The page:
Evolutionary conserved role for TARPs in the gating of glutamate receptors and tuning of synaptic function

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Department of Neurobiology; Francis Lab

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Animals; Animals, Genetically Modified; Avoidance Learning; Base Sequence; Caenorhabditis elegans; Caenorhabditis elegans Proteins; Calcium Channels; Evolution, Molecular; Membrane Potentials; Membrane Transport Proteins; Molecular Sequence Data; Mutation; Nerve Tissue Proteins; Protein Isoforms; Receptors, AMPA; Sequence Homology, Nucleic Acid


Neuroscience and Neurobiology


Neurotransmission in the brain is critically dependent on excitatory synaptic signaling mediated by AMPA-class ionotropic glutamate receptors (AMPARs). AMPARs are known to be associated with Transmembrane AMPA receptor Regulatory Proteins (TARPs). In vertebrates, at least four TARPs appear to have redundant roles as obligate chaperones for AMPARs, thus greatly complicating analysis of TARP participation in synaptic function. We have overcome this limitation by identifying and mutating the essential set of TARPs in C. elegans (STG-1 and STG-2). In TARP mutants, AMPAR-mediated currents and worm behaviors are selectively disrupted despite apparently normal surface expression and clustering of the receptors. Reconstitution experiments indicate that both STG-1 and STG-2 can functionally substitute for vertebrate TARPs to modify receptor function. Thus, we show that TARPs are obligate auxiliary subunits for AMPARs with a primary, evolutionarily conserved functional role in the modification of current kinetics.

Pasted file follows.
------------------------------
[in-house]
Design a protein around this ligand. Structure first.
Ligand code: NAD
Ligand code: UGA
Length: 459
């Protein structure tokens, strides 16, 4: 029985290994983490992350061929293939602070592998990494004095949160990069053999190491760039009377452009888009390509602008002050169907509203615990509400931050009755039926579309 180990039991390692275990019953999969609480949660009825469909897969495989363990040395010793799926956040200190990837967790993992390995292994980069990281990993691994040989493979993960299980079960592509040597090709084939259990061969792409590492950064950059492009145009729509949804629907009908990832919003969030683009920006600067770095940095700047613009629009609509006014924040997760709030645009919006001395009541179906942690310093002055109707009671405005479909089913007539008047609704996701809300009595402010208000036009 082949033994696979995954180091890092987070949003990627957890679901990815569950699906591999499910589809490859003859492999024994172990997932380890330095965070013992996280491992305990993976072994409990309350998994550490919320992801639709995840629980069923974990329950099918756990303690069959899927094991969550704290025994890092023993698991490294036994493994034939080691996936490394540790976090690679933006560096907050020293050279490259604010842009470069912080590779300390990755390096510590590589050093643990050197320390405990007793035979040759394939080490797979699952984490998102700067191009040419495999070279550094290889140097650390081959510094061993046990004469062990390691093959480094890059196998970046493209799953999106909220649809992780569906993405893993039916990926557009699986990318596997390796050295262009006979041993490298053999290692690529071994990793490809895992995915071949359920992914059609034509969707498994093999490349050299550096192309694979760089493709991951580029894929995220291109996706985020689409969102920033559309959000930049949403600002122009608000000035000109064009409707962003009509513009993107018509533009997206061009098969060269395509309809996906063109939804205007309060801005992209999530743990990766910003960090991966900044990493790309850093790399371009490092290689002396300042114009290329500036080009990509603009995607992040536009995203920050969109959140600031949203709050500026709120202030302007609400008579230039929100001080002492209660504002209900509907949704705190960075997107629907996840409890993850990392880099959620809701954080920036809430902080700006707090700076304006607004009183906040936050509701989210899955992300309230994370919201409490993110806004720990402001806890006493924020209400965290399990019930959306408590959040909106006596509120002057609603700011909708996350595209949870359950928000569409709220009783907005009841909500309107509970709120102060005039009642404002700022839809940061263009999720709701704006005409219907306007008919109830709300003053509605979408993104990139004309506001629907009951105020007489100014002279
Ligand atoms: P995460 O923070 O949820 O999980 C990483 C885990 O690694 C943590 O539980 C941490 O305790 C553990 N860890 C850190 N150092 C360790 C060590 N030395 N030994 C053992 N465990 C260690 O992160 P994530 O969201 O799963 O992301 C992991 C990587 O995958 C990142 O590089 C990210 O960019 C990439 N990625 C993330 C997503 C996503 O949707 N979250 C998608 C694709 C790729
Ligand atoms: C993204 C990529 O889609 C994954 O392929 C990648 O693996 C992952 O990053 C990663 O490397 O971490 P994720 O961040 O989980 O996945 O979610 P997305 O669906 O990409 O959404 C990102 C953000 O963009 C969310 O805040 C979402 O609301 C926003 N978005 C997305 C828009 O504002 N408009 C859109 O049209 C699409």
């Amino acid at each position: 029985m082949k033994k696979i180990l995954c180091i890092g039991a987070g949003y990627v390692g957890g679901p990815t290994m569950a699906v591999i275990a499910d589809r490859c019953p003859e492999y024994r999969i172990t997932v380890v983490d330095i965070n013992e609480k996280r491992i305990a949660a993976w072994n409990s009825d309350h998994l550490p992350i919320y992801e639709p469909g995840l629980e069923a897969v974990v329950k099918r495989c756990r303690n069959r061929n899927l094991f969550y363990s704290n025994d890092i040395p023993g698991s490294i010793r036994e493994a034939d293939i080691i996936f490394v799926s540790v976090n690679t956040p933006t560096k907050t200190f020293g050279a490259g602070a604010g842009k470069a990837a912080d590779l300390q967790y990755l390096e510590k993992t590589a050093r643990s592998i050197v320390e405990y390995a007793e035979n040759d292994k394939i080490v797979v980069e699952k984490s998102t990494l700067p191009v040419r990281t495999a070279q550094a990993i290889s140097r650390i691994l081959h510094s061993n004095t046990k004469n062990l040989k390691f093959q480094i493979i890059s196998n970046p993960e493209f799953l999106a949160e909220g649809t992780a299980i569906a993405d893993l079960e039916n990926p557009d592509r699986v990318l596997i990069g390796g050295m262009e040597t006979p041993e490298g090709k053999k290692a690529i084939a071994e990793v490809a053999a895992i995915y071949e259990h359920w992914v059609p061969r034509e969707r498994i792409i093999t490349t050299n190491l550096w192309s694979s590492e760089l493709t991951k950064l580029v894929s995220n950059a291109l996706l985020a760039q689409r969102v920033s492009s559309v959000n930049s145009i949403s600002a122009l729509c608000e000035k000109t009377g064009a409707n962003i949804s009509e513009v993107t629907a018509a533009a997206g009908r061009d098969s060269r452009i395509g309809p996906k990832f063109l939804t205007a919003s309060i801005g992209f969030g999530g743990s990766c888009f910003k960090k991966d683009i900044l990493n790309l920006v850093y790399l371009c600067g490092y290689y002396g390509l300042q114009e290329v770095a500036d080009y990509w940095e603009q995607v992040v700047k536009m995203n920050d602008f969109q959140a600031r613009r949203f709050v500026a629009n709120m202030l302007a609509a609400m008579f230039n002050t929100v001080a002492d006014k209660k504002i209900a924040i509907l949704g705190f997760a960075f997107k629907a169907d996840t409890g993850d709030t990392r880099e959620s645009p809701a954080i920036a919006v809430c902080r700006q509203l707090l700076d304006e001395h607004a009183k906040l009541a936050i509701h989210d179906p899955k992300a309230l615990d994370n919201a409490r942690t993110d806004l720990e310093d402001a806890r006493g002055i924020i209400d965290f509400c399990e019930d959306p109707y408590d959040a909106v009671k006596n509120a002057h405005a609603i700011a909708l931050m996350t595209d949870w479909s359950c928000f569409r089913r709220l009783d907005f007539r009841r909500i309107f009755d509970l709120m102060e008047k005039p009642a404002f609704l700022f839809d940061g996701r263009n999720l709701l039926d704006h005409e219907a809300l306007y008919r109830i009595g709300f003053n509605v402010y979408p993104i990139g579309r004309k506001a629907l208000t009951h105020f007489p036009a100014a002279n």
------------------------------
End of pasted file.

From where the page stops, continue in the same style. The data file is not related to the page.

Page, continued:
DOI of Published Version



Neuron. 2008 Sep 25;59(6):997-1008. Link to article on publisher's site

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